The main protagonist, sixteen-year-old Jacob persuades his father to accompany him on a trip to a desolate island in the hope of finding the house his grandfather talked about in his stories – the monsters he was trying to keep at bay, the bizarre photographs of children he showed Jacob (the peculiars he called them), the “old bird smoking a pipe” who protected the children. And here the story started to lose its spark for me – it wasn’t the time travel, or the strange children with their otherworldly abilities. I’m not sure if I can even pinpoint what exactly it was that threw me off – perhaps the sudden romance between Jacob and Emma, which I felt didn’t really fit with the overall mood of the story. I wanted to know more about the monsters hunting the children and how the children were able to survive in that endless time loop without losing their minds. I wanted Jacob to find a way to live between the two worlds and I felt the story played up a lot on teenager angst and didn’t explore its dark potential to the fullest. But perhaps the answer is in the sequel, which I’d like to read, just to see how the children managed to live in the present and if their special gifts help or hinder them in their new life.
My rating: 3/5 stars
My R.I.P contributions:
I also went over to terribleminds.com and felt inspired to write some flash fiction:
And just like one great event ends, another begins. NaNoWriMo starts in less than two hours and I’ve decided to participate this year as well. If I can manage to stay awake past midnight long enough to get a few hundred words in, that would be great. Last year I had a really great time and wrote a story I really liked, even though The End came a few months later. This year I’ve decided to continue in the same genre, fantasy and horror. What greater way to celebrate Halloween than to write a scary story? I don’t know if the world needs another vampire/wizard story but I know I need to write it. Wish me luck.
I must have been in primary school the first time I saw a picture of Vlad Tepes and that was long ago, before the vampire craze. It was a history lesson and I stared at the figure on the page, the aquiline nose, the hooded eyes, the headgear that looked like something between a hat and a crown, the black hair falling in ringlets on his shoulders. I thought he looked fierce, a true defender of our nation, a great leader, a thorn in the side of the Ottoman Empire. He punished his enemies by impaling them on wooden stakes. He was a hero among Romanians long before Stoker made him famous.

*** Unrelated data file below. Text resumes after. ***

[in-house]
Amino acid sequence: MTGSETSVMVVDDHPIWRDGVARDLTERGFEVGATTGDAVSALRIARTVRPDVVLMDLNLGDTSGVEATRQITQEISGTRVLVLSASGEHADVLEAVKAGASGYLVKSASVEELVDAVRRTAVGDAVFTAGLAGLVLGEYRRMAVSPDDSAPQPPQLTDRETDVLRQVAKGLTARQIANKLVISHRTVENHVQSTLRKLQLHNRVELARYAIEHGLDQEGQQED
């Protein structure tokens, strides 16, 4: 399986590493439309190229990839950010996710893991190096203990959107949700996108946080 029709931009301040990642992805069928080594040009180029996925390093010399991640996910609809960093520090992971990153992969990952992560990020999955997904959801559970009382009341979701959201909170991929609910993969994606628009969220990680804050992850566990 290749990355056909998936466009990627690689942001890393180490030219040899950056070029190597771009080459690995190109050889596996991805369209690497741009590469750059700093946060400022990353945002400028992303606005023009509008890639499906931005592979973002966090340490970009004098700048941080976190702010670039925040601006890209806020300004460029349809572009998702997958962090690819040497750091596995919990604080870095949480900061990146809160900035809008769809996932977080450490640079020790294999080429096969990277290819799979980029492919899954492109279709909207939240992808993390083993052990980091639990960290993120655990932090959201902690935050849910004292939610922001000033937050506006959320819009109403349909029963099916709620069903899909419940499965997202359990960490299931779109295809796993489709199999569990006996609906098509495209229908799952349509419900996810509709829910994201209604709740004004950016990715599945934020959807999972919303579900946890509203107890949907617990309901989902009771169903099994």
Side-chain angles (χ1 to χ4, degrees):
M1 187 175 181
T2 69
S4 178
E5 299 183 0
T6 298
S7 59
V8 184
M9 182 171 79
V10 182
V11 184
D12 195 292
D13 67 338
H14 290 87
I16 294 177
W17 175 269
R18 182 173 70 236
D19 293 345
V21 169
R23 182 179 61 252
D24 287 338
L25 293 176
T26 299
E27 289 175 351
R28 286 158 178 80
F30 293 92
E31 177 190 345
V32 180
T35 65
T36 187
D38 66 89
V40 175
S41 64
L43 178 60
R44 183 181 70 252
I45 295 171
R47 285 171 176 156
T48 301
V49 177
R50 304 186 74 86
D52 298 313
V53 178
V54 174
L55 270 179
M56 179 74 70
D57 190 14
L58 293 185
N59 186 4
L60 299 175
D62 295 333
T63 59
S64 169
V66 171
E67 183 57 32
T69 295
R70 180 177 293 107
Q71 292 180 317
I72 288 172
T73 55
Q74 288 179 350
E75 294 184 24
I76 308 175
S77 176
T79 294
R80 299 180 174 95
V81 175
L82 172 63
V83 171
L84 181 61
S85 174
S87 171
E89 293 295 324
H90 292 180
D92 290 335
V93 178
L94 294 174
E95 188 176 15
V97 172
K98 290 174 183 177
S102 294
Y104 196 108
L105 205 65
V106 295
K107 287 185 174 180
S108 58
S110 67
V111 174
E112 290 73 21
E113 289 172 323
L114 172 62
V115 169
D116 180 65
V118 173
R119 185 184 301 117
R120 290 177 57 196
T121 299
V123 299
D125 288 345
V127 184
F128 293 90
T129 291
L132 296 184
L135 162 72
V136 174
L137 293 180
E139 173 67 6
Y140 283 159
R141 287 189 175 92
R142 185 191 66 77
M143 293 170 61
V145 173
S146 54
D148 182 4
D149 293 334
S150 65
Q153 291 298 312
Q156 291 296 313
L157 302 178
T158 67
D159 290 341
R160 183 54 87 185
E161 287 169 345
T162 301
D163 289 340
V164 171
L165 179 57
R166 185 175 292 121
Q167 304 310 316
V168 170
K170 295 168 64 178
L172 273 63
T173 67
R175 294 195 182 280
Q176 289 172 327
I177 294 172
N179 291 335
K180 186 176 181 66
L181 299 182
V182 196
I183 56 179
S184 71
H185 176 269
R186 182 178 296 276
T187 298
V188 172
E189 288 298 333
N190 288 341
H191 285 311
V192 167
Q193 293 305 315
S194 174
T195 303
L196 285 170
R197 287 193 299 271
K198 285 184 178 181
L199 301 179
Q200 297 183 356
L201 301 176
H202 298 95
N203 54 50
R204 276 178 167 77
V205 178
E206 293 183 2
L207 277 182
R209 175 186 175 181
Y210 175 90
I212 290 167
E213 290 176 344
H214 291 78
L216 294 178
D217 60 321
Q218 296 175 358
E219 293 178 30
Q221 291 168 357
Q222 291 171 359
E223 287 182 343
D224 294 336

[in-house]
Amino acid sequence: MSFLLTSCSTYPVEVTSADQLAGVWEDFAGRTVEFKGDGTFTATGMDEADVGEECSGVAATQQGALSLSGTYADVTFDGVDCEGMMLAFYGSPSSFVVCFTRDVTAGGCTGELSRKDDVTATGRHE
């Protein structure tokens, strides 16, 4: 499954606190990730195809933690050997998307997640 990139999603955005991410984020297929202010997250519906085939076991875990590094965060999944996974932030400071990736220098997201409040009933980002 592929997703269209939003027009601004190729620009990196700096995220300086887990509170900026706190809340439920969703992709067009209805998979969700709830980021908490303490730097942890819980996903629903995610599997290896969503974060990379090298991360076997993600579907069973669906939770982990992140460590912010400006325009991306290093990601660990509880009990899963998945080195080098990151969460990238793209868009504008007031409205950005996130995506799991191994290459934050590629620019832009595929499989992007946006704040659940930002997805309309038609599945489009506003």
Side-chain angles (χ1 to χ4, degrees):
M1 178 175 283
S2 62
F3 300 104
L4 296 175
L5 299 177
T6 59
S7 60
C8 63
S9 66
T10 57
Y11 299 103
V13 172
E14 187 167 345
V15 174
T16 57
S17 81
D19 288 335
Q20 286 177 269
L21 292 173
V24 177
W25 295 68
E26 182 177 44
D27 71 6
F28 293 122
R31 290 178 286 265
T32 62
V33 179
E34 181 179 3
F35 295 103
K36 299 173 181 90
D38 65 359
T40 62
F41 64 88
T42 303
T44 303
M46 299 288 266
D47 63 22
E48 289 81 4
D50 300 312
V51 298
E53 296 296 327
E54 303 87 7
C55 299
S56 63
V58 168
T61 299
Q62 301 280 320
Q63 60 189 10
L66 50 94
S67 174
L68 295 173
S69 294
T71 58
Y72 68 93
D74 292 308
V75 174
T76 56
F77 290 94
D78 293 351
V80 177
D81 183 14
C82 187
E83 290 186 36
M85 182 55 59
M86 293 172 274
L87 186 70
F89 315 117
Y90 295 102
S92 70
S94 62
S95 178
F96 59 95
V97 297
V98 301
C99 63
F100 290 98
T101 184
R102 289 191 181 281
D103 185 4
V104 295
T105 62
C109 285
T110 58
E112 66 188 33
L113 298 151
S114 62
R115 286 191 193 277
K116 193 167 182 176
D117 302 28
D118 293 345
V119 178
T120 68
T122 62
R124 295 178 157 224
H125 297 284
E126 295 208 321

Years later when I moved to Thailand people asked me if Dracula was still alive and if he really drank human blood. I resisted the impulse to tell them he was alive and well, resting in his coffin in my basement. He does like to visit, just to spice up his menu, I should have said with a wicked laugh. What I said instead was no, he’s just a legend, dead long time ago. But is he really dead? It very much looks like the movie industry keeps trying to bring him back to life.
It’s the 21st century and here he is, resurrected on the screen, given a new name, a new face, and a new haircut – more like Lord Byron than the original ruler of Wallachia from the 15th century. After watching the trailer, I had the impression I’d already seen the whole movie but being a great fan of vampire movies, I couldn’t miss it. To my delight, I was happy to see there were still a few surprises left.
The movie mixes history and fiction into a tale meant to portray Vlad, the Wallachian prince, as a ruler willing to sacrifice himself for his family and country. Vlad had been a political prisoner of the Turks for a few years when he was young, and when a Turkish emissary came asking for a tribute of one thousand boys including his son, it felt like history was repeating itself. Determined to defend his people, Vlad found there was a way to get what he wanted but that came at a heavy price.
I loved the movie. Luke Evans did a great job of portraying the anguish and indecision, and later on determination of Vlad in defending his own. I was particularly interested in the names – Vlad’s wife, Mirena (which sounds a lot like Marina, a Romanian name), his men – Dumitru, Petru, Cazan, Simion, all old-fashioned Romanian names; even Vlad’s son – he was called Ingeras, which in Romanian means “little angel”, although the English pronunciation sounded nothing like its Romanian equivalent. It wasn’t his real name, of course, just like Mirena wasn’t his wife’s real name, but it added a more familiar touch to the story.